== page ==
As for geometrical methods, I suppose another option would be to do the picking in screen space (i.e. against circles and capsules built from the projected vertices and edges, respectively).

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slowburn    122
Thanks for the replies.

jyk, you can do 'fuzzy' picking with the color-buffer by checking the color of the picked pixel and all the ones around it. This method can also be used to do box-selections.

The color-buffer method nearly solves what I want. But, it doesn't work if an object is occluded by another. I would like it to somehow lists all the objects covering the pixel, rather than just one object.

GL's selection mode does work for occluded objects and in fact lists all objects covering that pixel. However it has another problem. When you render an object in wireframe mode, the spaces between the wireframe also counts as part of the object. This behavior is unlike the color-buffer mode.

Any ideas? Thanks.

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Prototype    2014
You can transform the edges into screen space and determine the distance to each of them using a 2D closest-point-on-a-line algorithm. If the lowest distance found falls outside some minimum treshold, nothing was clicked. Note that your engine should somehow be aware of the 'edge' concept, otherwise you have to iterate through each polygon and possibly visit the same edge multiple times.

This is just theory as I haven't implemented this myself yet, but I'm pretty sure it works and suspect it's the way Max is doing it as well. Hope it helps.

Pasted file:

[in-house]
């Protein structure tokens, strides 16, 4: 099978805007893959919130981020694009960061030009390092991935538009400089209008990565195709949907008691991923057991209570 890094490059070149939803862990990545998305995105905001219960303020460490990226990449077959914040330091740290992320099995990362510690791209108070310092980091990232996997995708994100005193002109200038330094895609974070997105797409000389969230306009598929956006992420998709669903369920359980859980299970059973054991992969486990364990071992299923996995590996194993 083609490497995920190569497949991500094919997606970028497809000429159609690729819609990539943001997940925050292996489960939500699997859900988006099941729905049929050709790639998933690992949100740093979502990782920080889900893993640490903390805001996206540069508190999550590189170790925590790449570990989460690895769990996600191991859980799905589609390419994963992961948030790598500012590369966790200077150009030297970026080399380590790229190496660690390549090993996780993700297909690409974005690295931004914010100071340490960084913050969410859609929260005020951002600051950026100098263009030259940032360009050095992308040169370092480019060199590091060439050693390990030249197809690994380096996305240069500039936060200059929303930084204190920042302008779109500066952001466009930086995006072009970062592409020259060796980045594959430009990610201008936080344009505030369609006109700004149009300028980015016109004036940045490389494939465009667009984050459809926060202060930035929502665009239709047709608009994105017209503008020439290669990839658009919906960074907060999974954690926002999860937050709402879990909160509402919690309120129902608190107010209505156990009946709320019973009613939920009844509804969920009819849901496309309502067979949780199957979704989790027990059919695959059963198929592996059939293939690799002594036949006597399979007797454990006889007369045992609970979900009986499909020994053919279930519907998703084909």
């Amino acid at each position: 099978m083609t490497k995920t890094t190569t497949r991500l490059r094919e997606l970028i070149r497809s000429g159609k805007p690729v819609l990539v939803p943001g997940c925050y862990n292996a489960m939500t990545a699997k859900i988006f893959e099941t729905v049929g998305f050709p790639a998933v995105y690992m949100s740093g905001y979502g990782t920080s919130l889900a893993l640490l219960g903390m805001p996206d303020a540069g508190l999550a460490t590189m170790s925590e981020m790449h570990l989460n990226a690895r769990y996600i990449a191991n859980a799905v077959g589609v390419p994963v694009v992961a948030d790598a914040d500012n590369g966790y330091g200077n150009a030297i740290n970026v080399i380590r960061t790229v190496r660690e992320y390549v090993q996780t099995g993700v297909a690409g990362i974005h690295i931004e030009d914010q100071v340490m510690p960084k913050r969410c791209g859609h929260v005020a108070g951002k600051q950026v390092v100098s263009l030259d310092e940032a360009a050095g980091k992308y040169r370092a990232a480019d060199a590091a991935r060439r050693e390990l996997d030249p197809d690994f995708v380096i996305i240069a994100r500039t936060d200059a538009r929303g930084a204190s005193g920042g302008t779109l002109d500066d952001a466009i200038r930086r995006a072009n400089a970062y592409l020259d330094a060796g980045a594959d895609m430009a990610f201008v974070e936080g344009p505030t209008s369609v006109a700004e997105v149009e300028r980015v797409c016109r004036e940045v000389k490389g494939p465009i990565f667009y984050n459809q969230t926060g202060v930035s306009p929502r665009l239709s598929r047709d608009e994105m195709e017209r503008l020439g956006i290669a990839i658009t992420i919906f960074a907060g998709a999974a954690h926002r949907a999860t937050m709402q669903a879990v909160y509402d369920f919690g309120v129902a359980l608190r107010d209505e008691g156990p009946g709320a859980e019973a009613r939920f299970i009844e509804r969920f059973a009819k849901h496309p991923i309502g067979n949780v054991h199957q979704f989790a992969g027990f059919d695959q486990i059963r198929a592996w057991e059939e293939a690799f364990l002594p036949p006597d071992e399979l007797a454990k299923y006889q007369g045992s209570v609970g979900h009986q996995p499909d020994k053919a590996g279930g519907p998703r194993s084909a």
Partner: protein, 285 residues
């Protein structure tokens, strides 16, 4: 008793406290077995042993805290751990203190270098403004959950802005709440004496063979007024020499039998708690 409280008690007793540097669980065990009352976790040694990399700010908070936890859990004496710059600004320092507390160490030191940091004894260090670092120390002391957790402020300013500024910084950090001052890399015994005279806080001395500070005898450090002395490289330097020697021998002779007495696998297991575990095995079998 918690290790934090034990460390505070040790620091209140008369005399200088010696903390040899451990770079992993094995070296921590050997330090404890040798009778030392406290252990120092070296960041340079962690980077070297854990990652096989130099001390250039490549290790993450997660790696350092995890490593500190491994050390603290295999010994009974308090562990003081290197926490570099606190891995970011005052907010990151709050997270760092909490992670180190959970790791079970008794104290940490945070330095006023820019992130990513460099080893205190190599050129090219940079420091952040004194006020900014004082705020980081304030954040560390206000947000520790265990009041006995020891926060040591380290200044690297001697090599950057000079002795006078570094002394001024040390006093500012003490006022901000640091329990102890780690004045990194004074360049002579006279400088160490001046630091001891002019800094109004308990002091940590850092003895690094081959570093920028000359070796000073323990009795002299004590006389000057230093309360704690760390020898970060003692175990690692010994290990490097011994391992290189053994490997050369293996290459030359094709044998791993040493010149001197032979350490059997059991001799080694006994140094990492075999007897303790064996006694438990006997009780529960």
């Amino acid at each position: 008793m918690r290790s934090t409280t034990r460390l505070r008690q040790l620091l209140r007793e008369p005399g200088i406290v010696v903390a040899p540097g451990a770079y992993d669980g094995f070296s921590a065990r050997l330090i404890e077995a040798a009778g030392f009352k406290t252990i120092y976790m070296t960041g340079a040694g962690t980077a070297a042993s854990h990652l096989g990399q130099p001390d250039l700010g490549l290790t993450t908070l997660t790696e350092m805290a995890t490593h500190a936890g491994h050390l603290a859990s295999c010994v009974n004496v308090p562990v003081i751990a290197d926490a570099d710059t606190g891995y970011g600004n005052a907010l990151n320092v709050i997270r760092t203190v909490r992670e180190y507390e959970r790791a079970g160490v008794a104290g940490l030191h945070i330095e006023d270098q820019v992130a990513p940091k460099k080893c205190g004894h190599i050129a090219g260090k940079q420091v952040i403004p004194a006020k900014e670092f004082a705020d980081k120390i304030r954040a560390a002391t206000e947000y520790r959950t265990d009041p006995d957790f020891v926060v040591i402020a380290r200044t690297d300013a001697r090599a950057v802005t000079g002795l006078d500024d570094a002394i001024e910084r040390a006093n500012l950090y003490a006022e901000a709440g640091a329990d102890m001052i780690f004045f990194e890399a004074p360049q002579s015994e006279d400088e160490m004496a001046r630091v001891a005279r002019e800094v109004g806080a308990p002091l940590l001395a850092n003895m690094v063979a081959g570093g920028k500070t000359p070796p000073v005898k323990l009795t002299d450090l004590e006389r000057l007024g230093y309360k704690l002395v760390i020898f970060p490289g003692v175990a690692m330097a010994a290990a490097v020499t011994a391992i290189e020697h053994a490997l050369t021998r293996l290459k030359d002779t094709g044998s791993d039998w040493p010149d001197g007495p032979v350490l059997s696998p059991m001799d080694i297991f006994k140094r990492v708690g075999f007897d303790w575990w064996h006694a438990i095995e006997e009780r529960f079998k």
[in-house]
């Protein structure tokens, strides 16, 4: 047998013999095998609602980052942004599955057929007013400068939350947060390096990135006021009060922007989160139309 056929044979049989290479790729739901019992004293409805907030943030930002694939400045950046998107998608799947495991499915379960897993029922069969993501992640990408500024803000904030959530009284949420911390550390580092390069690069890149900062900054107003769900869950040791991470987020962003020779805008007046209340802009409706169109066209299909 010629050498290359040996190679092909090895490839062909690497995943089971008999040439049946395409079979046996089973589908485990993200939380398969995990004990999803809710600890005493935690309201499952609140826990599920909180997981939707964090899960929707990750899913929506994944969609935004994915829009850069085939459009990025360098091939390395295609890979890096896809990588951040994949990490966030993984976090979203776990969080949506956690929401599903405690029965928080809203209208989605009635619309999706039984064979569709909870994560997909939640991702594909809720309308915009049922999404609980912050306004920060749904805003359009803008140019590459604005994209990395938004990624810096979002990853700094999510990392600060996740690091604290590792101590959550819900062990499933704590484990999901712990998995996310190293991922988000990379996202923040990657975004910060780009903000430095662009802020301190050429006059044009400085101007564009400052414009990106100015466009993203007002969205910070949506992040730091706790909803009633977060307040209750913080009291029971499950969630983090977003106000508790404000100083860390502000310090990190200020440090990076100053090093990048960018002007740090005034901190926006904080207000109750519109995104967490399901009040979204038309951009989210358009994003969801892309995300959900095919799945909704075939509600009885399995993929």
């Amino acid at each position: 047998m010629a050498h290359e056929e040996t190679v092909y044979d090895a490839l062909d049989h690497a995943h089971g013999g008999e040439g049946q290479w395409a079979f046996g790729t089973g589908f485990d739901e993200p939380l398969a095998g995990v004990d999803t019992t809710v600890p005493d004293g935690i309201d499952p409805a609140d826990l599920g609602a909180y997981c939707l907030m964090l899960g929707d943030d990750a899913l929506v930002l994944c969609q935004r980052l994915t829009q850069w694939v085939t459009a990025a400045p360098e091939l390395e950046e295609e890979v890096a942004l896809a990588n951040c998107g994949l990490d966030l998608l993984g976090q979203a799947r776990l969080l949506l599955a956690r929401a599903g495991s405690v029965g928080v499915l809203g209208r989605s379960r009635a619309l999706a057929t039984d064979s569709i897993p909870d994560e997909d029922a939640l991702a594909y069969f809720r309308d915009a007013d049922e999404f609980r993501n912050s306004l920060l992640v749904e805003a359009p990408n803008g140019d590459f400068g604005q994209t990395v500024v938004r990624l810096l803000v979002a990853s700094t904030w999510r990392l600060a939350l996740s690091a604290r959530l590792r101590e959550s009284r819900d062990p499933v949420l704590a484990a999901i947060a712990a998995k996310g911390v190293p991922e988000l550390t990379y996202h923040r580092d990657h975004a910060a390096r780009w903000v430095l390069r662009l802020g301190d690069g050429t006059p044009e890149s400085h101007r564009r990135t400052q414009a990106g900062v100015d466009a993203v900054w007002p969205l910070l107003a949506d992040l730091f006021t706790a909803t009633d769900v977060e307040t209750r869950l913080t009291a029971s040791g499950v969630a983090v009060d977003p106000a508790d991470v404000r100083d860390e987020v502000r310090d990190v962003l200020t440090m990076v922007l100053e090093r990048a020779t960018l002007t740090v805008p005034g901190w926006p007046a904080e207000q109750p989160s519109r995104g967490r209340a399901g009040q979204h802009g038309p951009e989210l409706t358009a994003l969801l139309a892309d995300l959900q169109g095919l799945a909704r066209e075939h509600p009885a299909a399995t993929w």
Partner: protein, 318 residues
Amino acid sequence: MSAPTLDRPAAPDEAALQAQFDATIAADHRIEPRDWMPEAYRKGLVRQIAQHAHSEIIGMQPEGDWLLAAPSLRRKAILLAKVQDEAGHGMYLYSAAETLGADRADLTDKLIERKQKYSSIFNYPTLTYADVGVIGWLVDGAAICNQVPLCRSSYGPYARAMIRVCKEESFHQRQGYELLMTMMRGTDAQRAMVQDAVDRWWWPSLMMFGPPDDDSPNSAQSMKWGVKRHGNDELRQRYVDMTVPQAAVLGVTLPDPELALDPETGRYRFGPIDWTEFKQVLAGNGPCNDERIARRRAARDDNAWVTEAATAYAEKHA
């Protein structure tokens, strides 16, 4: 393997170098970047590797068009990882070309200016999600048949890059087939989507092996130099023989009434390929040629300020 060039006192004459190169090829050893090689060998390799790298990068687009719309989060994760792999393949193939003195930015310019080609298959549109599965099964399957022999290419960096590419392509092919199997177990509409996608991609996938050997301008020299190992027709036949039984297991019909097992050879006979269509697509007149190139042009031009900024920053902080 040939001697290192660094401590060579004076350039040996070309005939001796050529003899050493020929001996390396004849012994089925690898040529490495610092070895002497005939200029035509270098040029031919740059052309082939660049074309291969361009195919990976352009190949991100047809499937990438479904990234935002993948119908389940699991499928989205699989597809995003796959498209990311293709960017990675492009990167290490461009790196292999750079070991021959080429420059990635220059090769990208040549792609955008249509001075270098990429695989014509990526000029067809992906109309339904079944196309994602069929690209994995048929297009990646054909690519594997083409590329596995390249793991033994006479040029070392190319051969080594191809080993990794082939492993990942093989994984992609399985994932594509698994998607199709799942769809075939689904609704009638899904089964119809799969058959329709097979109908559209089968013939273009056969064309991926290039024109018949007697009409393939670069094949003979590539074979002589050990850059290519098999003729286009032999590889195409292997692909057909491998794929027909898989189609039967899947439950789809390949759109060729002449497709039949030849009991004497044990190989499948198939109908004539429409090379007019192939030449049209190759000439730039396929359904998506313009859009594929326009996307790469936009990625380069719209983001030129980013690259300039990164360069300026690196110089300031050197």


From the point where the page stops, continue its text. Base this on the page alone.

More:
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jyk    2094
Quote:
Original post by Prototype
You can transform the edges into screen space and determine the distance to each of them using a 2D closest-point-on-a-line algorithm. If the lowest distance found falls outside some minimum treshold, nothing was clicked.
Yeah, I actually suggested this earlier in the thread.

IMO, this approach would probably be more flexible (and perhaps easier to implement as well, depending on the circumstances) than using OpenGL's selection mode.

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Quote:
Original post by slowburn
GL's selection mode does work for occluded objects and in fact lists all objects covering that pixel. However it has another problem. When you render an object in wireframe mode, the spaces between the wireframe also counts as part of the object. This behavior is unlike the color-buffer mode.


Not entirely sure what you mean by this, but, are you rendering normal polygons just with the render mode set to wireframe?
What if instead you 'manually' replaced all polygons with sets of gl lines?.

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slowburn    122
Quote:
Original post by haphazardlynamed
Not entirely sure what you mean by this, but, are you rendering normal polygons just with the render mode set to wireframe?
What if instead you 'manually' replaced all polygons with sets of gl lines?.


I'm just using the rendermode set to wireframe. Your suggestion to replace all polygons manually with gl lines would work. I'm considering that as an option... However, it would be tricky for nurbs surfaces... If I were to manually draw the wireframe lines for that, I would have to do the tessellation as well.